Jetson - Self-Driving Toy Car (Part: 2)

Computer Vision Sensing & CNN Perception Improvements 🤖🚗

In today’s article, we are going to improve Jetson’s sensing and perception abilities with Computer Vision and Machine Learning techniques. It would allow our toy car to learn how to handle new cases going far beyond the simple path following. By the end of this article, you’ll see how a self-driving toy car can learn how to take correct turns on crossroads, follow the driveable path, and stop when the road ends.

If you haven’t already checked the first part of the series, please take the time to do it now:

Also, feel free to check the corresponding codebase and follow along:

Sensing Improvements

The robustness of the robotics’ systems is often heavily dependent on its sensing capabilities. In other words, the better a robot senses its surrounding environment, the better potentially it can act upon it.

It’s no different in our self-driving toy car project, and we are going to focus on our most important sensor - the camera.


Currently, the front-facing camera is Jetson’s only source of information about its environment. In Part 1 of the series, it was a 160° wide-angle camera. It was getting the job done, but we could do better if our robot could see more. One of the possible approaches to that problem could be to add more cameras.

This is for example how the sensor suite looks like at Tesla vehicles.


Trying to imitate the above sensor suite would definitely be overkill for our toy car project, but it doesn’t mean we couldn’t improve our initial camera setup.

Instead of adding more cameras, which would add a processing overhead for our (already very busy) computer, we can replace our front-facing camera with the one with a bigger field of view of 200° instead of 160°.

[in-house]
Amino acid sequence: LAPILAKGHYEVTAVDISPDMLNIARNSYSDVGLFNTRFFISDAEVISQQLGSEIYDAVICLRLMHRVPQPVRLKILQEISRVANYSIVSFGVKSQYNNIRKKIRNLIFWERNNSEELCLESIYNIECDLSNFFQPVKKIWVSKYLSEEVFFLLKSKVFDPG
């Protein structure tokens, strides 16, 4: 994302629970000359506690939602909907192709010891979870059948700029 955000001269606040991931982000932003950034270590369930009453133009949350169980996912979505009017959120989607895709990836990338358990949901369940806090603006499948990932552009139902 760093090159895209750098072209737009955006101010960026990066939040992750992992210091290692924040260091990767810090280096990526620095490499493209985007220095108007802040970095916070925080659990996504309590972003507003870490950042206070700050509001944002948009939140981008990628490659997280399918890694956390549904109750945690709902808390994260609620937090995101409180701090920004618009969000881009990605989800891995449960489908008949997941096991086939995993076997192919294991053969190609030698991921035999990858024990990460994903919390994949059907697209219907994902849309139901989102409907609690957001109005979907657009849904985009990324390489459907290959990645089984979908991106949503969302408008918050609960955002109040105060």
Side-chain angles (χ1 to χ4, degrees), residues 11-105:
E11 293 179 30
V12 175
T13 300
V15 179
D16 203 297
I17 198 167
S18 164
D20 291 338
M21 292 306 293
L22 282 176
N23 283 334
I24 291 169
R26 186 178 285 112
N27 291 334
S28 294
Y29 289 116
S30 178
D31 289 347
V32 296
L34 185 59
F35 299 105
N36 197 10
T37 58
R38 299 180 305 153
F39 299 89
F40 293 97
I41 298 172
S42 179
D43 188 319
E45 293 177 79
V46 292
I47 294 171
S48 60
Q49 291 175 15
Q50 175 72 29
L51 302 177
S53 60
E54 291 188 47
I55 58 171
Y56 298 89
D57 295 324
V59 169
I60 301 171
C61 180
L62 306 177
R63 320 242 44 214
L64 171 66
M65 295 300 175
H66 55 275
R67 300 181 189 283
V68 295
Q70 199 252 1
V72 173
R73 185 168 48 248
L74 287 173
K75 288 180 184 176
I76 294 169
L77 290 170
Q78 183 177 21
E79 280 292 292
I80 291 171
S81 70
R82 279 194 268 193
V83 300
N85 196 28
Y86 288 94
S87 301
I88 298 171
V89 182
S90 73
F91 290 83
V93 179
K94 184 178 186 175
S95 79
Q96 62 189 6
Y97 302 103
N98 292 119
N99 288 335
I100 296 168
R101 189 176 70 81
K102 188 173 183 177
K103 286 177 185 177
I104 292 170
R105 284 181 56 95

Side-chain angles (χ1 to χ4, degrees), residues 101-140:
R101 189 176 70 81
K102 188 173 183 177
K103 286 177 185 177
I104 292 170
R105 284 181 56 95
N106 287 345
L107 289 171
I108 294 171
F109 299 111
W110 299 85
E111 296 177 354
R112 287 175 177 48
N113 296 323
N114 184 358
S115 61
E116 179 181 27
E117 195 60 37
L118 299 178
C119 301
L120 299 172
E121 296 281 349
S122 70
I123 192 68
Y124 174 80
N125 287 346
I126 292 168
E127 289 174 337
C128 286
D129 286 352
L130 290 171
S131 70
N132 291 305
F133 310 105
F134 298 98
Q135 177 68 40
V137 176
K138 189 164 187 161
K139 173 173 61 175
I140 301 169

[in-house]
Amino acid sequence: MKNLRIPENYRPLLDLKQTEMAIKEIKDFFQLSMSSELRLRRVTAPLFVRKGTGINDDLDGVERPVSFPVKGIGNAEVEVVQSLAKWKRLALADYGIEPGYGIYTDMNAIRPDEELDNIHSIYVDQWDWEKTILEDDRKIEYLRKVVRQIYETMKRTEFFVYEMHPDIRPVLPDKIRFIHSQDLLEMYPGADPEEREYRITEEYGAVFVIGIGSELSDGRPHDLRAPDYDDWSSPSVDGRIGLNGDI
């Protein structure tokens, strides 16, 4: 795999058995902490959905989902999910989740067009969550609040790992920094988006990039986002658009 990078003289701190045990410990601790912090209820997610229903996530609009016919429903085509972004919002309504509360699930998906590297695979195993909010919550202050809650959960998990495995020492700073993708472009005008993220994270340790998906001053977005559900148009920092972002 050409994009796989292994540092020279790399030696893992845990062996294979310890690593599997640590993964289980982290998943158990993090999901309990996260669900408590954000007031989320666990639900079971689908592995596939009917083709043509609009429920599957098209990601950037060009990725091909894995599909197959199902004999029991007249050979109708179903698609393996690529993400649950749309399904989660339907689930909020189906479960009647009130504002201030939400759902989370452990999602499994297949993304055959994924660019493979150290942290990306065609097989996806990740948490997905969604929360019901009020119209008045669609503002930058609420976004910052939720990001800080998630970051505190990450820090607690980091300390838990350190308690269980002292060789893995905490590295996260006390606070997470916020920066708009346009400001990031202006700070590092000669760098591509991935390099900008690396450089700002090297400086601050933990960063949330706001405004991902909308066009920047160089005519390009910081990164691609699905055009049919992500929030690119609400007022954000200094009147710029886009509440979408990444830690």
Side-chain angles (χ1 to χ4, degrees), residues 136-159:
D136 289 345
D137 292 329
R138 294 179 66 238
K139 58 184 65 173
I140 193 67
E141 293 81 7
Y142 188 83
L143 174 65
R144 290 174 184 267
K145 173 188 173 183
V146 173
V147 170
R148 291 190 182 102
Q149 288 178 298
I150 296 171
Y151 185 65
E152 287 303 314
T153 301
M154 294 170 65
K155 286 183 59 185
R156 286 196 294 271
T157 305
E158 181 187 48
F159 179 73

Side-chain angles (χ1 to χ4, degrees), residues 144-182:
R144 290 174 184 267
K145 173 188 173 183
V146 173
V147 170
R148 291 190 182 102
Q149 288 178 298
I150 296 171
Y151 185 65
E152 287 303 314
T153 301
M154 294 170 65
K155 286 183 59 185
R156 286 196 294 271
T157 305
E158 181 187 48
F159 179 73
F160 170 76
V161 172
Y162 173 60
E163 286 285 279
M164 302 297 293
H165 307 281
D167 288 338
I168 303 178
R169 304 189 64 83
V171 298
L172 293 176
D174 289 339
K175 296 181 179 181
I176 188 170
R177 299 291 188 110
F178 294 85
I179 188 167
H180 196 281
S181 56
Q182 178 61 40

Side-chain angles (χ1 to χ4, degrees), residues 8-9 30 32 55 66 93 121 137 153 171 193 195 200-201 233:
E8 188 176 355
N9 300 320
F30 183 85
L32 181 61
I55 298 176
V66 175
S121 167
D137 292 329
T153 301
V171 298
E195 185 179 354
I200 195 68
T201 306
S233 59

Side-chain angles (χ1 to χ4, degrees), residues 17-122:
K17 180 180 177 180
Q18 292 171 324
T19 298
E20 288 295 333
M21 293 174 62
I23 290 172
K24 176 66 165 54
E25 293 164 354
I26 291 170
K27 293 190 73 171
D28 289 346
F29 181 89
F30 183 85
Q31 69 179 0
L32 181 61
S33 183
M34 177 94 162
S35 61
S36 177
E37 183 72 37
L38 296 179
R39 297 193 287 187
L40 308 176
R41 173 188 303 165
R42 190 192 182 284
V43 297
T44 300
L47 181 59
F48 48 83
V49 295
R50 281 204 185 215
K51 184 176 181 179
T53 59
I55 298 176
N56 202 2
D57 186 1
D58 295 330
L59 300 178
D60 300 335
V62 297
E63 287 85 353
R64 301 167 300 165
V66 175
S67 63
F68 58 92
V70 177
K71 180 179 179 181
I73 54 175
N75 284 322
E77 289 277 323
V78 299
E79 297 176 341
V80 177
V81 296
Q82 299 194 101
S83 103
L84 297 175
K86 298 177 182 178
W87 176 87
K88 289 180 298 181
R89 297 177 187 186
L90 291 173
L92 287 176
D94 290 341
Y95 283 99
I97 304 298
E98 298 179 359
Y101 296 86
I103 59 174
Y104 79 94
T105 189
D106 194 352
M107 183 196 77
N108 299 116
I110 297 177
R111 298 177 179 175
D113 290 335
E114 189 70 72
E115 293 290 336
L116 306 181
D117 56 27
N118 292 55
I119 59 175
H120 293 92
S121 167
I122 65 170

Apart from that, we can also slightly alter camera placement so that Jetson could see more of the road and less of the surroundings which are usually more of a distraction than a valuable source of information about the driving task.

This is how the comparison of the captured frames looks like:

160° FOV (source: author)
200° FOV (source: author)

We can see that the second frame is a superset of the first frame that most importantly shows the area just in front of the bumper and on its sides. Having more information about the environment packed in the same amount of pixels (224x224x3) should improve the following perception stage.

This is how Jetson looks like now with a new camera and a new chassis.

(source: author)

Perception Improvements

Having more valuable pixels flowing into the system should already improve its performance, but it doesn’t mean we should stop there. Our end-to-end vision system is still in the very early stage of development and there is still potential to make it more robust.


The core of the visual perception system lays in the Convolutional Neural Network with the resnet18 backbone.


Final Fully Connected Layers

For the simple path following we did in the previous part of the series, resnet18’s capabilities were enough to handle the corresponding relatively simple dataset.

However, we are taking one step forward and we are going to extend our dataset with additional, more complex scenarios. In order for the network to be able to handle them, we need to add additional layers/neurons.

Being inspired by Nvidia’s end-to-end network, and most specifically by the stack of fully connected layers after the convolutional backbone,


we are going to add two additional fully connected layers at the end of the network. = torchvision.models.resnet18(pretrained=pretrained) = torch.nn.Sequential(
torch.nn.Linear(, out_features=128),
torch.nn.Linear(in_features=128, out_features=64),
torch.nn.Linear(in_features=64, out_features=OUTPUT_SIZE)

Adding more layers, thus increasing the size of the network is a double-edged sword. On the one hand, it allows the network to learn more complex patterns, but on the other hand, if the network is too big, it may lead to the undesired overfitting, where the network instead of learning the patterns and generalizing, learns the ‘correct answers’ for the training set.